Male Circumcision and the Enhancement Debate: Harm Reduction, Not Prohibition

This blog is a brief response to ‘Out of Step: Fatal Flaws in the Latest AAP Policy Report on Neonatal Circumcision’ by Steven Svoboda and Robert Van Howe, and the AAP Task Force on Circumcision’s ResponseThis is part of a special issue summarised by Brian Earp.


Around one third of men worldwide are circumcised. It is probably the most commonly performed surgical procedure. Circumcision is also one of the oldest forms of attempted human enhancement. It is and has been done for religious, social, aesthetic and health reasons.

Circumcision has a variety of benefits and risks, many of which are discussed in this issue.  There is some dispute about the magnitude and likelihood of these benefits and risks. Some argue that the risks outweigh the benefits and circumcision should not be performed on children who are not competent to make their own decisions.

If it were true that the risks of circumcision clearly outweighed the benefits, great harm has been done and is being done globally through this procedure. Around one third of men have been harmed. This is an extraordinary public health injury. Presumably, some would be entitled to compensation.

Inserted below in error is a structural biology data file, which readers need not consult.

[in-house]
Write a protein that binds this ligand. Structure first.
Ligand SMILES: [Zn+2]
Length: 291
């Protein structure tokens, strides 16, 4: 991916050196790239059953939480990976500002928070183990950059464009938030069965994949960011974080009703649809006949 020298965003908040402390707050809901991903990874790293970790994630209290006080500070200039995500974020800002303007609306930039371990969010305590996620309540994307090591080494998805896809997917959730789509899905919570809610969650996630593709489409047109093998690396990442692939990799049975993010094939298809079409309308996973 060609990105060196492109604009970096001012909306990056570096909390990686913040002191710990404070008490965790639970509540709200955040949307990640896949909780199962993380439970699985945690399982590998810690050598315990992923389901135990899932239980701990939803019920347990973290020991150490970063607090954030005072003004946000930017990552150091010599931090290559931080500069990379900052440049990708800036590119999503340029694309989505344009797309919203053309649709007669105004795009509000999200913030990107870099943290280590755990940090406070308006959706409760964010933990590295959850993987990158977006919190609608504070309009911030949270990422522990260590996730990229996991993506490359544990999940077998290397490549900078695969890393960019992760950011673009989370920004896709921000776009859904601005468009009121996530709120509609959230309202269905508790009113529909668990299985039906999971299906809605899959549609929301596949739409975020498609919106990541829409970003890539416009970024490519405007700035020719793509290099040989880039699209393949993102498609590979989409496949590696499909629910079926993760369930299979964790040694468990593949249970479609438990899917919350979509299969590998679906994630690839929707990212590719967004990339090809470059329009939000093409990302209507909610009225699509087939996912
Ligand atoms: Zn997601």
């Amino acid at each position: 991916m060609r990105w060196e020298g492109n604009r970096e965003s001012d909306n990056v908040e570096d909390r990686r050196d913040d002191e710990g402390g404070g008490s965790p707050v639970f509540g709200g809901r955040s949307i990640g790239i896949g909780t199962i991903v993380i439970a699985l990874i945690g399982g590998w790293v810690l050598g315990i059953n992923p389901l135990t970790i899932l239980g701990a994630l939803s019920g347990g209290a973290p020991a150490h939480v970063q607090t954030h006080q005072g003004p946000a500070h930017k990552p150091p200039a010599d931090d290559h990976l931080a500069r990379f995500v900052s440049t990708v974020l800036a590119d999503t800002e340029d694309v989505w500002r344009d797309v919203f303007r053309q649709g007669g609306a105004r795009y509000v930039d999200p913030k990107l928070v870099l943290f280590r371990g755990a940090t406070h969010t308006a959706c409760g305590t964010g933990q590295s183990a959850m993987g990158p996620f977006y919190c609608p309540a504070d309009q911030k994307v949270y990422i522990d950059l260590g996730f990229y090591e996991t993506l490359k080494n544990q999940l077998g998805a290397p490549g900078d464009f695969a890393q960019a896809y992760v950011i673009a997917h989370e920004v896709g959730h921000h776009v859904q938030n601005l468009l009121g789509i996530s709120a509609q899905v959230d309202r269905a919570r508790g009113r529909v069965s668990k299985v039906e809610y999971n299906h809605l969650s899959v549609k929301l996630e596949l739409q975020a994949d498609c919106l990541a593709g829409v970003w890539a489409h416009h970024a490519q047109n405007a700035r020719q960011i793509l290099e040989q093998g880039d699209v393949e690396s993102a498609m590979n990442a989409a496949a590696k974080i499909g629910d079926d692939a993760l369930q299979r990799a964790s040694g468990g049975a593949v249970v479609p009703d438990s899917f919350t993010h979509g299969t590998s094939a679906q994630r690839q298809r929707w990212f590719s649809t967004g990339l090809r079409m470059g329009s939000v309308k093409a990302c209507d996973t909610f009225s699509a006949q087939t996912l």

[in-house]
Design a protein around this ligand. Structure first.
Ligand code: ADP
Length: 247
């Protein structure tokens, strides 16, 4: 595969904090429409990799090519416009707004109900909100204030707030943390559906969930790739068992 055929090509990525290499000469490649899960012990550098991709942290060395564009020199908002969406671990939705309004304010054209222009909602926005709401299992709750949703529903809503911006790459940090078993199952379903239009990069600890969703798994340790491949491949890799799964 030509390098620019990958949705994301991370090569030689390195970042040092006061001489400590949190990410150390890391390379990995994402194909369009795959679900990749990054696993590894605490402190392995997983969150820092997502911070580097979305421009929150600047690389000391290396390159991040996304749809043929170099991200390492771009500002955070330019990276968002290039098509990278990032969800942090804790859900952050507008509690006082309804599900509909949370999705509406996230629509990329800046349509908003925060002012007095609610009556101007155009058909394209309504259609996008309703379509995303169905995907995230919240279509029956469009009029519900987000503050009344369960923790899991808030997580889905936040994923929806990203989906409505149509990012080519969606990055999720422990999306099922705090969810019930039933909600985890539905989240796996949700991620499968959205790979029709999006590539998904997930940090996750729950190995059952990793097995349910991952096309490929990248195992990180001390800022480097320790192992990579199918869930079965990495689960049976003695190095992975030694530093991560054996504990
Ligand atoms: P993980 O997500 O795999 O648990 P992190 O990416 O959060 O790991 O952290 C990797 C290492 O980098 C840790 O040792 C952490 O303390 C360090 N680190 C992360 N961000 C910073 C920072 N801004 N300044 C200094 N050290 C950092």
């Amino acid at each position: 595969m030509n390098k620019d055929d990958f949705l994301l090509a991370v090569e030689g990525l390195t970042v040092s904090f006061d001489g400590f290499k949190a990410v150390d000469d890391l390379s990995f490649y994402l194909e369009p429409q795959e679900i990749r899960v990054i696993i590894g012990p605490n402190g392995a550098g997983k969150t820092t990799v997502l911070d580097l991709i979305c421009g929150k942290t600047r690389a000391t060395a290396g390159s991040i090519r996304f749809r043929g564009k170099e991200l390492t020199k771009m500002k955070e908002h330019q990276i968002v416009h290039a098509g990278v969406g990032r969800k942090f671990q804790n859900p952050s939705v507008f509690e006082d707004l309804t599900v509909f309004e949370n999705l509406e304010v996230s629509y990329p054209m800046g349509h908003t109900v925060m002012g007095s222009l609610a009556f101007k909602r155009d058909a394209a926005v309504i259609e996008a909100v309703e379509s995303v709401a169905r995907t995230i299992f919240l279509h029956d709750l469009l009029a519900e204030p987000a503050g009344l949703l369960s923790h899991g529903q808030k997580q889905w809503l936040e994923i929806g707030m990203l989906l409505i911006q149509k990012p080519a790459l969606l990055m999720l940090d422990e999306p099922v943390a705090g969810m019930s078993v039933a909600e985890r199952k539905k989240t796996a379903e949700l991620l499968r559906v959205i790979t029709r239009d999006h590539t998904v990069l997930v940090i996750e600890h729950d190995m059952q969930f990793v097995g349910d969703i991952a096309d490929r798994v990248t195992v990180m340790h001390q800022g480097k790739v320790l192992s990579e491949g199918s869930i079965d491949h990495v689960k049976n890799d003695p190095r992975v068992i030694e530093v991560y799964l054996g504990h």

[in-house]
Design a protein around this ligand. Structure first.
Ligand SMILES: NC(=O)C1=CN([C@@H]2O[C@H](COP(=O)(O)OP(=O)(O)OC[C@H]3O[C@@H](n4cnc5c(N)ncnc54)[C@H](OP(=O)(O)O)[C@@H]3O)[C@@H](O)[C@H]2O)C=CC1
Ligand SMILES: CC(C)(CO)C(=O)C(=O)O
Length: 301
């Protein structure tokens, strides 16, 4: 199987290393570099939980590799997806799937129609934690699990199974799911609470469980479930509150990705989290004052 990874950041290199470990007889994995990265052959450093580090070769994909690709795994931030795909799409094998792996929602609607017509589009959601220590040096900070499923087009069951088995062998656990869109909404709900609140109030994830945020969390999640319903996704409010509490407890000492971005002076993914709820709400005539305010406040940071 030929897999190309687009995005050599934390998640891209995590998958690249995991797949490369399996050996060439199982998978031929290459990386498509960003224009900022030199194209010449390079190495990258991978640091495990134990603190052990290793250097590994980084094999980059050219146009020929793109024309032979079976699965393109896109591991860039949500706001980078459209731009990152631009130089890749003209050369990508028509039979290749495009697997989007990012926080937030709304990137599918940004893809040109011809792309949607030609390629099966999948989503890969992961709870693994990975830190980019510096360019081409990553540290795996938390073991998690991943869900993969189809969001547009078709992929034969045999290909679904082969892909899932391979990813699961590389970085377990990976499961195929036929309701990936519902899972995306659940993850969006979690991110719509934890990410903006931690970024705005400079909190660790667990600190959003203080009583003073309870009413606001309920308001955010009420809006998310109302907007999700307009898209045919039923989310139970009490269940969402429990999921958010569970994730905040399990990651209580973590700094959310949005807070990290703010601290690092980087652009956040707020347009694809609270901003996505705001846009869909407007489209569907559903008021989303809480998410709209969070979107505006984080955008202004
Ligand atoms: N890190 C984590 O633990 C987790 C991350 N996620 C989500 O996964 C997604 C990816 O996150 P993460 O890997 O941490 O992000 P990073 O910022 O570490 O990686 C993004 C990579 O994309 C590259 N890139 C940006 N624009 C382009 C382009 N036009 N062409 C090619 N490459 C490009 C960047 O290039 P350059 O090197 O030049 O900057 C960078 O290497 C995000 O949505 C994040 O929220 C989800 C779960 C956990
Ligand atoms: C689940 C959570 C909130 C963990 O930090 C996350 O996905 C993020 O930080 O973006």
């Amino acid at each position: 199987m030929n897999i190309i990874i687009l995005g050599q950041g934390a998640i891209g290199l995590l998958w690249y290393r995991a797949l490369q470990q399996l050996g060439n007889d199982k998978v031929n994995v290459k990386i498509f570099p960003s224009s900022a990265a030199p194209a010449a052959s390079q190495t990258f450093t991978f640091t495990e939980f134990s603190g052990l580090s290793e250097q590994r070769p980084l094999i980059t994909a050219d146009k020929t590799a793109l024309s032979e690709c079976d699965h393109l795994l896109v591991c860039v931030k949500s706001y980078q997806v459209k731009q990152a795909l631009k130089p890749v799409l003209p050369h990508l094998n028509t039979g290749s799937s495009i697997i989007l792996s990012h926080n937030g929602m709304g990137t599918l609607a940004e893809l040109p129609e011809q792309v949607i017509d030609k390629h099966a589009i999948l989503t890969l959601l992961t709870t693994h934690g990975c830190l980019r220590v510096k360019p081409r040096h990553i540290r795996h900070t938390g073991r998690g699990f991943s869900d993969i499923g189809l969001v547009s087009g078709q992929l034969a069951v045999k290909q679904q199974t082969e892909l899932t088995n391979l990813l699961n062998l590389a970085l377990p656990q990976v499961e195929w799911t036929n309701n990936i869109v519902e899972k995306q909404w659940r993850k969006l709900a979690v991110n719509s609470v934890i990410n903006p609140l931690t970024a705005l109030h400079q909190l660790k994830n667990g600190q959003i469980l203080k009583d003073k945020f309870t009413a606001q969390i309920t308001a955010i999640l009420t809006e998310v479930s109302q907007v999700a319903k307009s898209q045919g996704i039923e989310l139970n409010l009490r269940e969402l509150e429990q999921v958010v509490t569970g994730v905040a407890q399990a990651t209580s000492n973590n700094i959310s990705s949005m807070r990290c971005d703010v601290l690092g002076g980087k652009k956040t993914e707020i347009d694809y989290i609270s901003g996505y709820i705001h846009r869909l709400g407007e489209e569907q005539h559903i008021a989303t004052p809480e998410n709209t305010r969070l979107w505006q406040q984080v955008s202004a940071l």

The fact that few people think that there is not such a bad situation affecting millions of men indicates that most people implicitly believe that circumcision is not a significant harm, if a harm at all. (This is an example of the kind of argument called modus tollens. If p, then q. Not-q, therefore not-p.)

It is reasonable to conclude either that:

1) It is not clear from existing evidence whether the risks of properly performed circumcision outweigh the benefits, or vice versa.


2) If circumcision is against the interests of an infant, it is only mildly so.

In general, people should make their own decisions about body modification and human enhancement when this is possible. Such an approach speaks in favour of waiting until a child is adult to make his or her own decision about circumcision. And procedures which are not clearly in a child’s interests should not be performed on that child. However, religious and other social exclusion may make delay in circumcision psychologically harmful.

It would be a mistake to ban circumcision, given its importance to many people. A dangerous “black market” would be created. As with other forms of potentially risky human enhancement, the best policy is one of harm reduction, not prohibition. Non-medical circumcision should be discouraged, but not prohibited(for further discussion see ‘Rational Non-Interventional Paternalism: Why Doctors Ought to Make Judgements of What Is Best for Their Patients’and ‘Liberal Rationalism and Medical Decision-Making’).

Continue reading